People struggling with mental health issues now have a safe, supportive place to learn how to navigate life.
Blue Mountain Health System's Acute Partial Hospitalization program, housed in the newly renovated Blue Mountain Medical Plaza in Bowmanstown, is now accepting clients.
The program, which operates Monday through Friday from 9 a.m. to 3:30 p.m., is aimed at empowering those with depression, bipolar disorder, or other diagnosed mental illness to take back control of their lives.
Staffed by a psychiatrist, art and music therapists, a nurse practitioner, a licensed clinical social worker, a registered nurse, and a registrar, the program opened Jan. 4 and already helps eight people, with room for seven more, said Nancy Hersch, director of Behavioral Health for Blue Mountain.
The average length of treatment is about four weeks.
The program was created when administrators saw the need for follow-up services for those who had been released from BMHS's adult acute inpatient units, one at the Gnaden Huetten campus for those 18-54 and the other in Palmerton for those age 55 and older.
"When patients are treated in an in-patient psych unit, when it becomes time for discharge planning, we need to have somewhere for them to go," she said.
The options have included "step-down" units, rehabilitation, community-based case managers.
"But the resources are very sparse for mental health," Hersch said. "We wanted to provide a continuum of care for our patients from both units."
The program is also open to anyone with a diagnosis, not just those who were hospitalized at BMHS facilities. Clients can be referred by family physicians and other health care providers.
The program accepts Medicaid, Medicare and private and other insurances.
The partial hospitalization program is needed because in-patient stays are shorter than they used to be, and patients still need support after discharge.
The BMHS program is the "next step in their care," Hersch said.
"It's the same treatment as when they were inpatients, except they go home at night," she said.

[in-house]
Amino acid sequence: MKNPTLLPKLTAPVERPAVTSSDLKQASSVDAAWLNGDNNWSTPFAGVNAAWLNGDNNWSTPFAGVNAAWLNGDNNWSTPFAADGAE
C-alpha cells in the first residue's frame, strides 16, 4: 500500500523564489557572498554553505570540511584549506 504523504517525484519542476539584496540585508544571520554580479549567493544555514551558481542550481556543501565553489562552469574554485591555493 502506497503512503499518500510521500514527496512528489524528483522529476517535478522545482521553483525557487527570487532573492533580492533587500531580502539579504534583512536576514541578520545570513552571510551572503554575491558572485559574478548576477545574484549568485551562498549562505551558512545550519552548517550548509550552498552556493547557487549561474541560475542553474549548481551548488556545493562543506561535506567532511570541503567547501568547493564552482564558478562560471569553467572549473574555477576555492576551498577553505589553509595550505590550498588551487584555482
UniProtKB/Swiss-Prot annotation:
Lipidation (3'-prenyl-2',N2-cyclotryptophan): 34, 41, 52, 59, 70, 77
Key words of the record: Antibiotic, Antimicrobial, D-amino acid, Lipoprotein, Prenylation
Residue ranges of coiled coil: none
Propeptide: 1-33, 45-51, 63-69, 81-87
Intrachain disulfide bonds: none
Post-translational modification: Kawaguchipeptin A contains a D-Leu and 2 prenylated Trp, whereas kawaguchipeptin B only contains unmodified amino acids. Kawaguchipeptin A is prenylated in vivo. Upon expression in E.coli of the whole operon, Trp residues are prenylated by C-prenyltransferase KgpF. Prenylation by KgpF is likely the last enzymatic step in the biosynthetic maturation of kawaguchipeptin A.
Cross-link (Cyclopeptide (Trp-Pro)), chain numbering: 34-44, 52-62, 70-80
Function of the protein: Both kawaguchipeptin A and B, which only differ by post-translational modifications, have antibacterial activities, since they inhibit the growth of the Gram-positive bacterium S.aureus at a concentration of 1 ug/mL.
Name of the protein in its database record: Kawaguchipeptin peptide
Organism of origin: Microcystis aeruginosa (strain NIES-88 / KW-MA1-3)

Acute Partial Hospitalization Manager Mike Sucro said the program is based on what is known as the "recovery model." That means that instead of being told what to do, or having tasks done for them, clients are empowered to take control of their lives by making their own decisions and setting and meeting their own goals.
Clients entering the program immediately placed in groups, according to their needs, he said.
"There are different problem-specific groups: coping skills, independent living skills, healthy lifestyles. Then we have art therapy, music therapy," Sucro said.
"This is to give them the skills to manage symptoms on their own," he said.
The psychiatrist and nurse practitioner supervise the clients' medications, he said.
Hersch and Sucro believe the program will give clients the skills to steer their own ships in life through the rough waters of mental illness and its social stigma.
Hersch compared the reality of mental illness to physical maladies that require treatment.
"If you have high blood pressure, it means something is wrong with your heart. If you have diabetes, something is wrong with your pancreas. But if you have mental illness, because of the symptoms, there's a stigma," she said.
"Because if there is something wrong with your brain, you act differently. But that is a symptom of some kind of imbalance in the chemicals in your brain or some type of traumatic incident.
This is where your emotions come from. The brain is an organ just like any other," she said.
For more information, call Blue Mountain Health System at (610) 377-1300 or (610) 826-3141.